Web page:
Mumbai : The last words of Ajmal Amir Kasab said to senior police inspector Ramesh Mahale were, “Aap jeet gaye, main har gaya [you won, I lost].” The admission came in November 2012, a day before Kasab would be hanged to death for being guilty of 80 offences, including waging war against India. It marked the end of an association that began at Mumbai’s Nair Hospital, where Mahale had first questioned Kasab after the latter was captured by the Mumbai Police on November 26, 2008.
Mahale, now retired, was the chief investigator of the 26/11 attacks and headed Mumbai’s crime branch Unit 1 in 2008. Kasab was in the crime branch’s custody for about 81 days before being shifted to a specially-made, bulletproof, high security cell in Arthur Road Jail. “Till the time he was handed a death warrant by the court, Kasab believed he would get a leeway from Indian laws,” said Mahale, who retired in 2013.
Kasab fascinated Mahale, who quickly realised that the 21-year-old’s defences couldn’t be cracked using tough interrogation methods. “We made Kasab feel comfortable and easy and waited for him to break on his own,” he said. Mahale’s small acts of kindness included giving Kasab two new outfits.
One day, after having spent about a month and half in custody, Mahale got an unexpected insight into Kasab’s thought process. “I was having a conversation with Kasab when he said though he could be hanged for his crime, it wouldn’t happen because the Indian justice system abhorred the death penalty,” recalled Mahale. Kasab gave him the example of Parliament attack convict Afzal Guru and said, “He hasn’t been hanged even eight years after the Indian courts pronounced his death sentence.” Mahale kept quiet that day.
Kasab would surprise the investigators on numerous occasions, like when he was asked to record his statement in court, near the end of the trial. “Kasab told the court that he was a Pakistani national who came to Mumbai on a valid visa to catch a glimpse of Amitabh Bachchan. He said he was standing outside the star’s Juhu bungalow when sleuths from Research and Analysis Wing picked him up and handed him over to the Mumbai police. The cops … shot him in the arm before putting him in lock up. Four days later, they [police] fixed him in the 26/11 case,” recounted Mahale. By this time, Mahale, having interrogated Kasab, was used to the terrorist spinning stories.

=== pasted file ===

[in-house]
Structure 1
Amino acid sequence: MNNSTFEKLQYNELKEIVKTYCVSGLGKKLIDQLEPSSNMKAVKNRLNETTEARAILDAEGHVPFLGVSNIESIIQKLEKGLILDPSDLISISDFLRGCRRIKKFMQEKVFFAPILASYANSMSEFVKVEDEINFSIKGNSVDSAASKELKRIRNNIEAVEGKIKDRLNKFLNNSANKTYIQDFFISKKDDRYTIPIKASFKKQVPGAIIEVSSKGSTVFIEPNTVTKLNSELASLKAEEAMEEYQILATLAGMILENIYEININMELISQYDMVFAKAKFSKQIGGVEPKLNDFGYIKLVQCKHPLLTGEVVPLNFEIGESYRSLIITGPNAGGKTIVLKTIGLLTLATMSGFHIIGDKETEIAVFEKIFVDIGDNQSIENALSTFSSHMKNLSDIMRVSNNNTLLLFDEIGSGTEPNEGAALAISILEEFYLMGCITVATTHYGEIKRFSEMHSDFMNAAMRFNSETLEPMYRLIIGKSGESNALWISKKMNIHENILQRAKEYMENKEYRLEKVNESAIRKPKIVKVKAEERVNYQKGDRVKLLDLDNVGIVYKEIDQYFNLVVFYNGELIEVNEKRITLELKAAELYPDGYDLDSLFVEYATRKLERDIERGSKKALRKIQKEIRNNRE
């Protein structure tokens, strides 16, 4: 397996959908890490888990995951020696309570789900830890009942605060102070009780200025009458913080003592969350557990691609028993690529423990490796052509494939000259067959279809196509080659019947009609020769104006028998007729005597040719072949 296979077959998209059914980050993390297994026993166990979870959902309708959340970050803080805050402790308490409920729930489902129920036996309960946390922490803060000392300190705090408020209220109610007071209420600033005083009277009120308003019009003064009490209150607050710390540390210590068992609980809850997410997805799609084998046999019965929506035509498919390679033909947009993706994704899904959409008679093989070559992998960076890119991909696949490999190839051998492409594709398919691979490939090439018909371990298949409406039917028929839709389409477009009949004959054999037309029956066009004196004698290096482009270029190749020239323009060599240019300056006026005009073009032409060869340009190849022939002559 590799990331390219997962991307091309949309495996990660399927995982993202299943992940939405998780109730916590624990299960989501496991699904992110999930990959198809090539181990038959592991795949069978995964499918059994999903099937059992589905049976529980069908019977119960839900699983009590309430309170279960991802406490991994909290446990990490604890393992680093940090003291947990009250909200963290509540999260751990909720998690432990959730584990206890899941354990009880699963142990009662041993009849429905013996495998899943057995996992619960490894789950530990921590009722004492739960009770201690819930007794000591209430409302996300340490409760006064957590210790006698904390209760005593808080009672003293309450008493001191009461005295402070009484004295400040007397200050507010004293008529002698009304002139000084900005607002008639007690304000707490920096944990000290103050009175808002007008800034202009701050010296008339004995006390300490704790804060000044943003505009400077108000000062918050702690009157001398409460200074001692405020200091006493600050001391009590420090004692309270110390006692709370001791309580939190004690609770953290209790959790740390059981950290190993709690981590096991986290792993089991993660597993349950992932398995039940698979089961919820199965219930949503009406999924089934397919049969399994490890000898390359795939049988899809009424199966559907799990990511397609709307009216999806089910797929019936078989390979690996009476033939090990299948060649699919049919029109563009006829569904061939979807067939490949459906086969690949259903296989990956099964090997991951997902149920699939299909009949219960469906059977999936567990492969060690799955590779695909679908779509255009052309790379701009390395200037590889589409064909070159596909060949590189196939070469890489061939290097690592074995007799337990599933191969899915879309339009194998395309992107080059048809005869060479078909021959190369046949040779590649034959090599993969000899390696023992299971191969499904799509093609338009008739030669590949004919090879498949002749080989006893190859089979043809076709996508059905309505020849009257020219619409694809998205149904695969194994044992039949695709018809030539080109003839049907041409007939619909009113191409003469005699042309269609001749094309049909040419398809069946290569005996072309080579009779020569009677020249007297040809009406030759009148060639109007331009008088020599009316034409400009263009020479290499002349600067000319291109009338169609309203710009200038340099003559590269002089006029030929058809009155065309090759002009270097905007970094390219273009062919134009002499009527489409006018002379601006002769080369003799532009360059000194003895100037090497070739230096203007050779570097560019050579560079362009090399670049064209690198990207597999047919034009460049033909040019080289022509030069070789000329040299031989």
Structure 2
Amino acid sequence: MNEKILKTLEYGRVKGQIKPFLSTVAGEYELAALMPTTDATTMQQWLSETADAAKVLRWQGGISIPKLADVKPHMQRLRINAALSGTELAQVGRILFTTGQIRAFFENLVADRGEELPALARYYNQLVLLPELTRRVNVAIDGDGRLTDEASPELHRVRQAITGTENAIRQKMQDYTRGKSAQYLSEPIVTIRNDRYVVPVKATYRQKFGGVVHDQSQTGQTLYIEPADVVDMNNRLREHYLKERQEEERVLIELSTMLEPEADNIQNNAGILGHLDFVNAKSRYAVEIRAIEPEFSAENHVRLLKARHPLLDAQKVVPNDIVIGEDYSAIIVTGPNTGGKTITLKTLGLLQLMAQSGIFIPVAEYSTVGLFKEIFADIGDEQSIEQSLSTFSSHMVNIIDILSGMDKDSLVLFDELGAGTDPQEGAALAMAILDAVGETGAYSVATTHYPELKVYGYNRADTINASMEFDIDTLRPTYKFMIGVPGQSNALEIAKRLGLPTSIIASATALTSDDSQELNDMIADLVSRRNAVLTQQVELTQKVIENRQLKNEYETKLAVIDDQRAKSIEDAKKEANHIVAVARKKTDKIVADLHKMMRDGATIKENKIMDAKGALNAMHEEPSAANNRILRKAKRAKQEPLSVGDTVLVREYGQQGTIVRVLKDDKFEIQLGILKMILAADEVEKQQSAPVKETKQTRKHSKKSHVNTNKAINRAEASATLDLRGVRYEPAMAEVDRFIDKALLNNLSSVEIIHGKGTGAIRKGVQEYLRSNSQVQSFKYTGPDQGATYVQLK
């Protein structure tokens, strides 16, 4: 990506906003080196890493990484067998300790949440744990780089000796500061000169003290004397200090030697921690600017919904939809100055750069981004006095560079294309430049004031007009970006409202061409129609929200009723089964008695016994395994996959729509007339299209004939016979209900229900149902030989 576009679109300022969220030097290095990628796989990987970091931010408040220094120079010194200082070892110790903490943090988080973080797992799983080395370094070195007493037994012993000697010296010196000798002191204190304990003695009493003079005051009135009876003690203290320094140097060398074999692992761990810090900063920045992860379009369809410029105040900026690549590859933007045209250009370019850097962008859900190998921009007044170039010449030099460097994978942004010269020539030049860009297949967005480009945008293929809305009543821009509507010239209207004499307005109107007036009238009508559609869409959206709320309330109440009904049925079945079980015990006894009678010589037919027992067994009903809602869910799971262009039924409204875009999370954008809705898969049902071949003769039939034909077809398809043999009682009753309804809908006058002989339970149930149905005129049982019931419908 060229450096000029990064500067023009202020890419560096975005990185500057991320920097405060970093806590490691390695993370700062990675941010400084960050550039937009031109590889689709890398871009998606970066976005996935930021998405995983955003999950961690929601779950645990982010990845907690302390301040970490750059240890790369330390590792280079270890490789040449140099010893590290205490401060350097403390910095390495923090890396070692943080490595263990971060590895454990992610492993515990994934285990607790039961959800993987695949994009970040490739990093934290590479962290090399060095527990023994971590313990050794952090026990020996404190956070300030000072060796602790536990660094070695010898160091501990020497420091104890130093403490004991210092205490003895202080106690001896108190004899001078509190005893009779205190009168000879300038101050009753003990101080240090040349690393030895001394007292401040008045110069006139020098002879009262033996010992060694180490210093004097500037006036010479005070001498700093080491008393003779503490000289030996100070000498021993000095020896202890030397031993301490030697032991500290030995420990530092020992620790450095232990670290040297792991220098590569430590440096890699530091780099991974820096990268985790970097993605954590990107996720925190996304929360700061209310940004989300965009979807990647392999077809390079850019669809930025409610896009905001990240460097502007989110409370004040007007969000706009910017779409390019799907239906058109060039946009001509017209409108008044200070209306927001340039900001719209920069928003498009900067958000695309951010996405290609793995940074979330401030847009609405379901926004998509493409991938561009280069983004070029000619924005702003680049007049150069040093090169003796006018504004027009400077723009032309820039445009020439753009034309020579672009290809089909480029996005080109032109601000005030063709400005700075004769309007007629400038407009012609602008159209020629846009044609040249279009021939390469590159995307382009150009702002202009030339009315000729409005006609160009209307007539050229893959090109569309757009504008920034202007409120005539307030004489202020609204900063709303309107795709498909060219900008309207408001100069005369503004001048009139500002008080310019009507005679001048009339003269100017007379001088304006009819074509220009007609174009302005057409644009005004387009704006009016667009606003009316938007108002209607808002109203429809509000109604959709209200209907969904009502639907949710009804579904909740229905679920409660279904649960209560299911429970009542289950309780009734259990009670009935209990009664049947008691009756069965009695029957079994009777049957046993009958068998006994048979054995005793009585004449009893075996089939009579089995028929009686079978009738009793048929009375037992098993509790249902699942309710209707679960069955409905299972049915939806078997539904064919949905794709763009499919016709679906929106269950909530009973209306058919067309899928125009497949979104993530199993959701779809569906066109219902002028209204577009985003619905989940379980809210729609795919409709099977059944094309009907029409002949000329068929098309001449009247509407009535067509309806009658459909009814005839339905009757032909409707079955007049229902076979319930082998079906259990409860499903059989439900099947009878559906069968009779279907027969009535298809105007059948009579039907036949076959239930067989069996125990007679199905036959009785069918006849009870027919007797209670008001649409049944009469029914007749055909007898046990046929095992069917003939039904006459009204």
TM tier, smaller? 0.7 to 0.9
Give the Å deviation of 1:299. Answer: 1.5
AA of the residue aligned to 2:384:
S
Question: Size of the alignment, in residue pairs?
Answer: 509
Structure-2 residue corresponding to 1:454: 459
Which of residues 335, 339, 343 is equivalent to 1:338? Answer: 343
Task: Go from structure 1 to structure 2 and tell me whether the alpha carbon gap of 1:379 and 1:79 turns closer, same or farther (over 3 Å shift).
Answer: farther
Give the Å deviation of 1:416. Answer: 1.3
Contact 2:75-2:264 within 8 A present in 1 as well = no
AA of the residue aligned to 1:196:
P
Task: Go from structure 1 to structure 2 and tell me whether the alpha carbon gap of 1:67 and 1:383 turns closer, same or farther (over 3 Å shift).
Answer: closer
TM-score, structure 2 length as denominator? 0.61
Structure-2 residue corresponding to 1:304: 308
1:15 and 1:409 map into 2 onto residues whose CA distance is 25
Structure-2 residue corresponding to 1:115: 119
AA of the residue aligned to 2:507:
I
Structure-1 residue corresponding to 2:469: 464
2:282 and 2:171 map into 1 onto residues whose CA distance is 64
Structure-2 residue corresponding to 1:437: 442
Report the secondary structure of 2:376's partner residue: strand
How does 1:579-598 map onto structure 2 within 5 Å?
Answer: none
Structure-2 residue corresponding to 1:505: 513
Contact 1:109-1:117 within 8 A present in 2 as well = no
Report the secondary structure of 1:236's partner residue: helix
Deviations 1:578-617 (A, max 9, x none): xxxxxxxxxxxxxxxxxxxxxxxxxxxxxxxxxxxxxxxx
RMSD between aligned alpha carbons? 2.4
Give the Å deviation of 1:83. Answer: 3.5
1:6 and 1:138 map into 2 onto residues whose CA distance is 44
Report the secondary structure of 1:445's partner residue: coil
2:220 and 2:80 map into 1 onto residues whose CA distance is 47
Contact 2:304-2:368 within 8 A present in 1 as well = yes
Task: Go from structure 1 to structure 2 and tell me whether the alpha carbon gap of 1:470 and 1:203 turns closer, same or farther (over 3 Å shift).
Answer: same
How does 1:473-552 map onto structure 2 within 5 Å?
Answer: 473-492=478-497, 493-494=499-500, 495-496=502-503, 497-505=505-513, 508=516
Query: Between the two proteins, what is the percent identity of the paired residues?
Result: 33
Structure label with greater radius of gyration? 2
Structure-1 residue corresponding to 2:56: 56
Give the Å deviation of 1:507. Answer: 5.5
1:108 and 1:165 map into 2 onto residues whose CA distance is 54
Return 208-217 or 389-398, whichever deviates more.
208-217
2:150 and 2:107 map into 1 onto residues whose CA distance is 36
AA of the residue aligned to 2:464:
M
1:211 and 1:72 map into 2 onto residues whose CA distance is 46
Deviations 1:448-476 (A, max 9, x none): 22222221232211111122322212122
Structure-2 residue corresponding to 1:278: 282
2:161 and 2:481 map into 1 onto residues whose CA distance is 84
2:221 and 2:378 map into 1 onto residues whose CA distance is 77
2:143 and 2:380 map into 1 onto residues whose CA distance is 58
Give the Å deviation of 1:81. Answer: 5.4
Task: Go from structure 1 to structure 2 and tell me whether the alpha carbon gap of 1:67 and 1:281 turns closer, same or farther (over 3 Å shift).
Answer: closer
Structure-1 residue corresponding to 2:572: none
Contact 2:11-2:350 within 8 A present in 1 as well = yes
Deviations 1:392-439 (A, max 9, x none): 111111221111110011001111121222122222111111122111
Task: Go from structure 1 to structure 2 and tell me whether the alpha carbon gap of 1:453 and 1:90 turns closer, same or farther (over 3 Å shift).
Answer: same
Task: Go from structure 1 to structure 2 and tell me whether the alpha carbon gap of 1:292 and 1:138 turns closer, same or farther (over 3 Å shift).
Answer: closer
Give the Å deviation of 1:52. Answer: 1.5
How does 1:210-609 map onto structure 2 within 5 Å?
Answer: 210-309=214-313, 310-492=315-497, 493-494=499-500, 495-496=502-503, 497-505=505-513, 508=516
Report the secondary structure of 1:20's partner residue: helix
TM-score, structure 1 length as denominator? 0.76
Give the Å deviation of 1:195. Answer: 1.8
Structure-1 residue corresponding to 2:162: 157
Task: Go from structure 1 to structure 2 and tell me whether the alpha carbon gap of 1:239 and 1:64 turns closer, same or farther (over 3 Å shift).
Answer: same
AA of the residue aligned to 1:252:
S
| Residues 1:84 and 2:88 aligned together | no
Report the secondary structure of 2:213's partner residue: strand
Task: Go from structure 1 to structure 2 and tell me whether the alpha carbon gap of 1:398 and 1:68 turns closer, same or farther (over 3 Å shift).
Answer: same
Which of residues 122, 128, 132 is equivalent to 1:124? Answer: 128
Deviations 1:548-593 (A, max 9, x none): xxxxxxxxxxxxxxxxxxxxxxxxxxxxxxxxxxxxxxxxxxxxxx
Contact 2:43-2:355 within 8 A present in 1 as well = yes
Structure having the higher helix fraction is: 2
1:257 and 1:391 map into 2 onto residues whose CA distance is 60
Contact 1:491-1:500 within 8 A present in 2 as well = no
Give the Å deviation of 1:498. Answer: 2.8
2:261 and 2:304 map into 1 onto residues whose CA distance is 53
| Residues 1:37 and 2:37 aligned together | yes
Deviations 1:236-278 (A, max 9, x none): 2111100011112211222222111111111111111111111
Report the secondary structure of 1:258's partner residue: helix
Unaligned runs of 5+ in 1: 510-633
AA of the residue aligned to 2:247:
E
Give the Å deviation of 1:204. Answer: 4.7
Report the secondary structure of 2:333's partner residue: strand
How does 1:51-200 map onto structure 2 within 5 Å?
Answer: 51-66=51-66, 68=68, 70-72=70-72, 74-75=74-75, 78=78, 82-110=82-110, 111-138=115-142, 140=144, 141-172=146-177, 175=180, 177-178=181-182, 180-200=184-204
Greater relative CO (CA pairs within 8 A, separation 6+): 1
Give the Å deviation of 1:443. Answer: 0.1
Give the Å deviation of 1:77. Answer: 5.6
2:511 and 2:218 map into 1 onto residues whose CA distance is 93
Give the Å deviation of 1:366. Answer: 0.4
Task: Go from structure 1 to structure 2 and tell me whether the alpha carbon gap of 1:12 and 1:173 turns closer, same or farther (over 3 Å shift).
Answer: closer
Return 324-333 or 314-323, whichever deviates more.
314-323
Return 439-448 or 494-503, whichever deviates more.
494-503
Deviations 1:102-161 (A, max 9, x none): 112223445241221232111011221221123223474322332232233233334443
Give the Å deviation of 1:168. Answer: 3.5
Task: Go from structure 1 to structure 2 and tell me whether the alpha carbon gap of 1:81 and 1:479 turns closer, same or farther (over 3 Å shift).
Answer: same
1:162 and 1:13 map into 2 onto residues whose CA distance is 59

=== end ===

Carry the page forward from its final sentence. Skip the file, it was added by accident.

“He never gave straight answers to our questions,” said Mahale.
On November 11, 2012, a special court issued Kasab’s death warrant. The then police commissioner Dr. Satyapal Singh handpicked Mahale as one of the special team that would shift Kasab to Yerwada Jail in Pune where he would be hanged to death on November 21. At midnight on November 19, Mahale went to fetch Kasab from his cell. He chose that moment to remind Kasab how the Pakistani had been certain he’d evade the death penalty. “Yaad hai? Char saal bhi nahin hua. Ab aur saat din baki hai [Remember what you said? It hasn’t even been four years. There’s still a week left],” Mahale told Kasab.
Kasab replied with, “Aap jit gaye, main har gaya [you won, I lost].” He didn’t speak a word during the three and a half hour journey to Pune. “The exuberance and confidence in him had been replaced by the fear of death,” said Mahale. Recalling the morning of November 21, when Kasab was hanged, Mahale said, “It was one of happiest moments in my life when I learnt his death. Justice had been done, the evil was dead.”
Pak did not do a favour by returning Abhinandan, says Sitharaman
Mumbai: Pakistan has shown the statements of such people and opposition leaders on their television channels, increasing TRP, the minister said.
“It is these people who did not want (the country) to buy Rafale, because arrival of these will give strength to our forces,” she said, addressing a gathering in Kolkata on ‘Ensuring India’s National Security’ organised by the Dr Syama Prasad Mookerjee Research Foundation.
India has given a message to the world after the Balakot air strike by not bowing to Pakistan’s nuclear blackmail, the minister said.